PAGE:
It has been six years since Philip Seymour Hoffman passed away and whilst he may be remembered for roles in The Big Lebowski and The Talented Mr. Ripley around the world, here in Canada he is fondly remembered for his portrayal of a beleaguered gambler in Owning Mahowny.
The 2003 film directed by Richard Kwietniowski and written by Maurice Chauvet was a hit with movie goers and critics alike. In this article we pay tribute to the film for the challenging themes that it covered.
Check out the theatrical trailer of Owning Mahowny, the gambling film based on a true story.
Owning Mahowny Re-examined Addiction
Whenever Hollywood attempts to portray addiction it usually falls short in terms of realism and integrity. Characters with addiction problems are often depicted as helpless victims of a crushing organisation in order to draw sympathy from audiences.
Where Owning Mahowny succeeds is in its realism, the writer, director and cast do not want you to feel sympathy for the lead character. Instead they want to portray the real-life drama that the film was actually based on.
In this analysis of addiction, the film sheds light on the roles of all the main players in any addiction cycle. Philip Seymour Hoffman’s performance goes some way to shining a light on the personal responsibility that Mahowny must shoulder.
However, there is also an analysis of the opportunists within the gambling industry that capitalise on Mahowny’s weakness and use it to make money. In the finale of the film there is no happy ending either, no fairy-tale way out for our beleaguered protagonist.
Instead there are the real-life consequences of Mahowny’s gambling addiction that have a domino effect on almost every aspect of his life.
Afterwards viewers are left in no doubts as to the destruction that addiction can cause, but they are also reminded that addiction is not sentient creature that can strike at any time. Rather it is formed from the consequences of actions taken by not only the gambler, but also the people that encourage or take advantage of the gambler.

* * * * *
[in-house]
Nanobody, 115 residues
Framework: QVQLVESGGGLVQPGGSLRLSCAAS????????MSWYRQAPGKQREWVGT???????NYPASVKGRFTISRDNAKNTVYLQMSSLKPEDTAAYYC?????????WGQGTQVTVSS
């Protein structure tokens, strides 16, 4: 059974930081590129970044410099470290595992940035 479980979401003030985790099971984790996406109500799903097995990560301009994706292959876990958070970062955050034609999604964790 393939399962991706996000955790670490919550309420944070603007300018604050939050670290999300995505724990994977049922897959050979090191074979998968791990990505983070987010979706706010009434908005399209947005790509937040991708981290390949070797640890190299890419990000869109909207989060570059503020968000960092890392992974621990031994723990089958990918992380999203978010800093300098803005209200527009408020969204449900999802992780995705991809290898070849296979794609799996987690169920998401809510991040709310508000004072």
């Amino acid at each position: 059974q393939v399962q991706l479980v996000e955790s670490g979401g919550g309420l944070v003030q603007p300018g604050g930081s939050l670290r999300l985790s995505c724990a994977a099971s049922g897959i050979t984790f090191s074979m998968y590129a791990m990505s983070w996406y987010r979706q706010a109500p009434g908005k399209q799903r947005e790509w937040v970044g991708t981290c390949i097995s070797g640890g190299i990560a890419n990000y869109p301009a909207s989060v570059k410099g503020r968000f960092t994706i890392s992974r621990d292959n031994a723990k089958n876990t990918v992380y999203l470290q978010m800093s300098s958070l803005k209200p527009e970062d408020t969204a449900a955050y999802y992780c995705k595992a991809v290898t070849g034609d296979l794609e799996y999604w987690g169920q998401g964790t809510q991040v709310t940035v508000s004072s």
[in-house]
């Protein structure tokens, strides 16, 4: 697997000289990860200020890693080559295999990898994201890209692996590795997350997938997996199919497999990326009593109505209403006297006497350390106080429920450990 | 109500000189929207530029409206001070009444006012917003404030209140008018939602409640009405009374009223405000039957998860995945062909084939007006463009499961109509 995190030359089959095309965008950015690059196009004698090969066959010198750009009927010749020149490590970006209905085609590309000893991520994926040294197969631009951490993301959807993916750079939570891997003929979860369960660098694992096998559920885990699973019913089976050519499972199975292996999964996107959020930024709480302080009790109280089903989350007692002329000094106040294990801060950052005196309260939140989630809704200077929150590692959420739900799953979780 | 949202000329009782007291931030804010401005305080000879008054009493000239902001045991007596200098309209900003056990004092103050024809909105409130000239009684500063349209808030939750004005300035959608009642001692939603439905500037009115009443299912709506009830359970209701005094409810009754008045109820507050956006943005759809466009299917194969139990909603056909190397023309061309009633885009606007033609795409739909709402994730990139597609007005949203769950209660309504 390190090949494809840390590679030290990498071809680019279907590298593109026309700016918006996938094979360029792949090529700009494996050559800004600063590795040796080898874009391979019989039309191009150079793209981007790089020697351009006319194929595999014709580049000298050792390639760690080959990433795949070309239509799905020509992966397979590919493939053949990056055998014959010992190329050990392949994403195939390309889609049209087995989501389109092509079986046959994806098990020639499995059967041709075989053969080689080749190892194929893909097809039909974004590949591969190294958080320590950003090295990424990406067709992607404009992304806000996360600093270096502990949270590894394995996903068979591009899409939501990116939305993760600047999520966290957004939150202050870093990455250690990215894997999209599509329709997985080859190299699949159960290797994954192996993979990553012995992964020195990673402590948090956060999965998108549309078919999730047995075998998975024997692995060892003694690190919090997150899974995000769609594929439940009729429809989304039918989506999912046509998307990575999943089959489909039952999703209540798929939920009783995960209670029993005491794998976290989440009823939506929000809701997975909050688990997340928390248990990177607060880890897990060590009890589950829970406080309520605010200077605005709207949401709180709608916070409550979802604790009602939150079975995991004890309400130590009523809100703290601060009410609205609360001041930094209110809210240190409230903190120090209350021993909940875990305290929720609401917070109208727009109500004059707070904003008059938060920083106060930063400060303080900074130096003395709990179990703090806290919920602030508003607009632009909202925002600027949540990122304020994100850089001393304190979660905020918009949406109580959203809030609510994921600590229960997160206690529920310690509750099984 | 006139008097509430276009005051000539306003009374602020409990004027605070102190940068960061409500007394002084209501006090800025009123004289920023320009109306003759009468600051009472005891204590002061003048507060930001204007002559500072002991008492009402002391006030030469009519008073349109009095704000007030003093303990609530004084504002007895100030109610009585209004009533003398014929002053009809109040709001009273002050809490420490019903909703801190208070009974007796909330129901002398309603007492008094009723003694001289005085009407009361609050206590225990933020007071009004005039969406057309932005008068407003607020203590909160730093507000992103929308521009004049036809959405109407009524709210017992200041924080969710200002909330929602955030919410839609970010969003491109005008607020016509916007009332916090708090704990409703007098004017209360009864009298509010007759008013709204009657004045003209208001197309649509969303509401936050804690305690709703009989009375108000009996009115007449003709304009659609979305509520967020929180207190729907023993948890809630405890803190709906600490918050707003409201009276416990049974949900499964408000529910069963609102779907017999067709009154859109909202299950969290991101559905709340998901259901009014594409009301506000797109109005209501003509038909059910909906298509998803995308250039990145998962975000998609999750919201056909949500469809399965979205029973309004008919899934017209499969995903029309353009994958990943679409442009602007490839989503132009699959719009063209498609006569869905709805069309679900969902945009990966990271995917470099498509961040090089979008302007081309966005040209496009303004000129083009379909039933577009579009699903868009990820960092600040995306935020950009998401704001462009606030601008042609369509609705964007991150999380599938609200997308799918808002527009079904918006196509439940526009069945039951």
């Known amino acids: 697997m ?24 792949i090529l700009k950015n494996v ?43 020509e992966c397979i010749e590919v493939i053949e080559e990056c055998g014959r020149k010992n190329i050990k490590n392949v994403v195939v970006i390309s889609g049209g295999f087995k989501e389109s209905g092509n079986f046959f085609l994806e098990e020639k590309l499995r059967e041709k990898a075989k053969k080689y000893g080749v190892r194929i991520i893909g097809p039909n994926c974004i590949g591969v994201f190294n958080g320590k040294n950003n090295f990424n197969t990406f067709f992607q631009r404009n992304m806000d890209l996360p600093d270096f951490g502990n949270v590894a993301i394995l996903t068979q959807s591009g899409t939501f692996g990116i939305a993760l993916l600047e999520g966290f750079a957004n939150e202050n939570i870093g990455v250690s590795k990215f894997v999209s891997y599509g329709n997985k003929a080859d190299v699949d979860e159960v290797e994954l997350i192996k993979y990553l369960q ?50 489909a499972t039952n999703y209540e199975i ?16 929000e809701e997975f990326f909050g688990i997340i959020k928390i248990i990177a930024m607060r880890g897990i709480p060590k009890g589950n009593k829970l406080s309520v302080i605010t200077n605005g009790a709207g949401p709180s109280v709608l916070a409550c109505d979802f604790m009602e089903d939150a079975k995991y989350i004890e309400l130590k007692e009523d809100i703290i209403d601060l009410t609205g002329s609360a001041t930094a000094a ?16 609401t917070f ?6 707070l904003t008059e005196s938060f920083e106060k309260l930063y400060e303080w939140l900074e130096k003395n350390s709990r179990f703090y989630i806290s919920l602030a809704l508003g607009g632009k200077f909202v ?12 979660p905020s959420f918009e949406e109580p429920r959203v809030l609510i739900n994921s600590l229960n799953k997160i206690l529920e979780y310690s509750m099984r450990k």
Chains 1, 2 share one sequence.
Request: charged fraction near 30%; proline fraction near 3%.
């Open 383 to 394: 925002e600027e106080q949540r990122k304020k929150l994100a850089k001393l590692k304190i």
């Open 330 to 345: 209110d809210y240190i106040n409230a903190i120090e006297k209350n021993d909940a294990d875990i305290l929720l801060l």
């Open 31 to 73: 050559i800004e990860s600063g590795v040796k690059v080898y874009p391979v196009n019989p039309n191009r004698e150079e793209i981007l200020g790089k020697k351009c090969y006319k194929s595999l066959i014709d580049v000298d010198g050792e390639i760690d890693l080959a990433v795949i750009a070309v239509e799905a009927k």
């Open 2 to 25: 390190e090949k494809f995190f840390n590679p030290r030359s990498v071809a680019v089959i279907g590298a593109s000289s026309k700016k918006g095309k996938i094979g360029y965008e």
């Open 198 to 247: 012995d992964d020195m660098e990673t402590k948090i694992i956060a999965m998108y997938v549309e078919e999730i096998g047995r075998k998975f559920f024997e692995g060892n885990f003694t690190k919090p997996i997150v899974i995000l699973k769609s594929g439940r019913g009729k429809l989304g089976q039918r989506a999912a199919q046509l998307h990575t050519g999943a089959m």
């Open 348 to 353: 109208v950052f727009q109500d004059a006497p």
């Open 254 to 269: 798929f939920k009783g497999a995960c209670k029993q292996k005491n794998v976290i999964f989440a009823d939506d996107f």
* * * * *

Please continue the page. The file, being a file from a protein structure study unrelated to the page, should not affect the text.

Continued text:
If you have never been tempted to play baccarat online in Canada or visit one of the country’s super casinos, then you might not fully understand why people gamble. From the outside it appears that gambling is all about winning and losing but Owning Mahowny proves that for most it isn’t.
Hoffman’s character does not gamble because he is driven to win, otherwise he would have stopped altogether a long time before his passion turned into addiction. In fact, if gambling were all about winning and losing no-one in their right mind would make bets.
The house edge return to player percentages and good old-fashioned common sense tells us that the casino or the bookie always wins in the long run. The reason that people gamble is because they love the process, the grandeur and the excitement.
This movie has none of the false highs and lows that we have come to expect from Hollywood portrayals of gambling. Throughout we are reminded time and time again that Mahowny gambles because he loves gambling, not because he is chasing his losses.
This allows the film to cover gambling in a far more authentic and real way than perhaps any other gambling film produced.
The writers, directors and actors of the film wanted to highlight that the crux of Mahowny’s problems emanate from his obsession with gambling. It is a theme that Richard Kwietniowski has covered before, in a previous film Love and Death on Long Island.
In that picture the main character is also plagued by an obsession, but the topic of the obsession in this film is a person rather than gambling. In both films we are led to believe that a dangerous obsession on anything is something which can have devastating consequences.
Owning Mahowny director explored the role of obsession in this 1998 picture.
Owning Mahowny is a terrific film that seventeen years on from its cinematic release still hits hard with viewers. The writing and direction of the picture are exemplary but the acting from Philip Seymour Hoffman is what really adds the magic touch to the film.
Hoffman’s portrayal of Mahowny is so real and unwavering that viewers can at times forget that they are watching a movie. It is Hoffman’s performance that allows the film to explore so many of the themes discussed above in this article.
If you are however, looking for a gambling film that is jam-packed with action, intrigue and drama, Owning Mahowny could be a difficult watch. Perhaps try Molly’s Game or the fabulous Rounders to get the blood pumping and get behind the main characters.